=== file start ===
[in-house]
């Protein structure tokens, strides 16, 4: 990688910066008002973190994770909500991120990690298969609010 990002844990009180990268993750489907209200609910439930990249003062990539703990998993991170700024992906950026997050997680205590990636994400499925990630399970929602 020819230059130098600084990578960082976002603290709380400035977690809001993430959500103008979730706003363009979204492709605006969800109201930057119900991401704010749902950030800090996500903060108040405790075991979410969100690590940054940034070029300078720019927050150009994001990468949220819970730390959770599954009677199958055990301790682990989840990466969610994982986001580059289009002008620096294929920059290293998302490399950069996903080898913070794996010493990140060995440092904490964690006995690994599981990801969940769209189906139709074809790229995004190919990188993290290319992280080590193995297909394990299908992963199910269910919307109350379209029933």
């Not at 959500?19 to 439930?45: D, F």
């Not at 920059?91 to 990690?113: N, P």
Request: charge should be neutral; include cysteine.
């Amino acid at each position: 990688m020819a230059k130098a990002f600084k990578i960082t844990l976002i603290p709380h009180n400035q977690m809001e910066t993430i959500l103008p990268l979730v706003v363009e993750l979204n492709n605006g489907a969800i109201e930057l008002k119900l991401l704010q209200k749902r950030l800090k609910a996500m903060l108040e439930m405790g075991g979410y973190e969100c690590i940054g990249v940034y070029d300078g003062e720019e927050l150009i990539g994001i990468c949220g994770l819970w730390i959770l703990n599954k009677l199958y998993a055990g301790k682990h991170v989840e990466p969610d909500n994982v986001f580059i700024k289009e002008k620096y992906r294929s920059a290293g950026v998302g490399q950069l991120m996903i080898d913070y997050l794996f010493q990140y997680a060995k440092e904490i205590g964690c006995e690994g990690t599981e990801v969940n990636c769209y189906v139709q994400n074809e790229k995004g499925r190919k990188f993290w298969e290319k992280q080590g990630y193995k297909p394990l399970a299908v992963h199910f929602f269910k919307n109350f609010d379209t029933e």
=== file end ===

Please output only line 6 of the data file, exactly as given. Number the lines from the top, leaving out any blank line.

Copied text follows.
């Amino acid at each position: 990688m020819a230059k130098a990002f600084k990578i960082t844990l976002i603290p709380h009180n400035q977690m809001e910066t993430i959500l103008p990268l979730v706003v363009e993750l979204n492709n605006g489907a969800i109201e930057l008002k119900l991401l704010q209200k749902r950030l800090k609910a996500m903060l108040e439930m405790g075991g979410y973190e969100c690590i940054g990249v940034y070029d300078g003062e720019e927050l150009i990539g994001i990468c949220g994770l819970w730390i959770l703990n599954k009677l199958y998993a055990g301790k682990h991170v989840e990466p969610d909500n994982v986001f580059i700024k289009e002008k620096y992906r294929s920059a290293g950026v998302g490399q950069l991120m996903i080898d913070y997050l794996f010493q990140y997680a060995k440092e904490i205590g964690c006995e690994g990690t599981e990801v969940n990636c769209y189906v139709q994400n074809e790229k995004g499925r190919k990188f993290w298969e290319k992280q080590g990630y193995k297909p394990l399970a299908v992963h199910f929602f269910k919307n109350f609010d379209t029933e």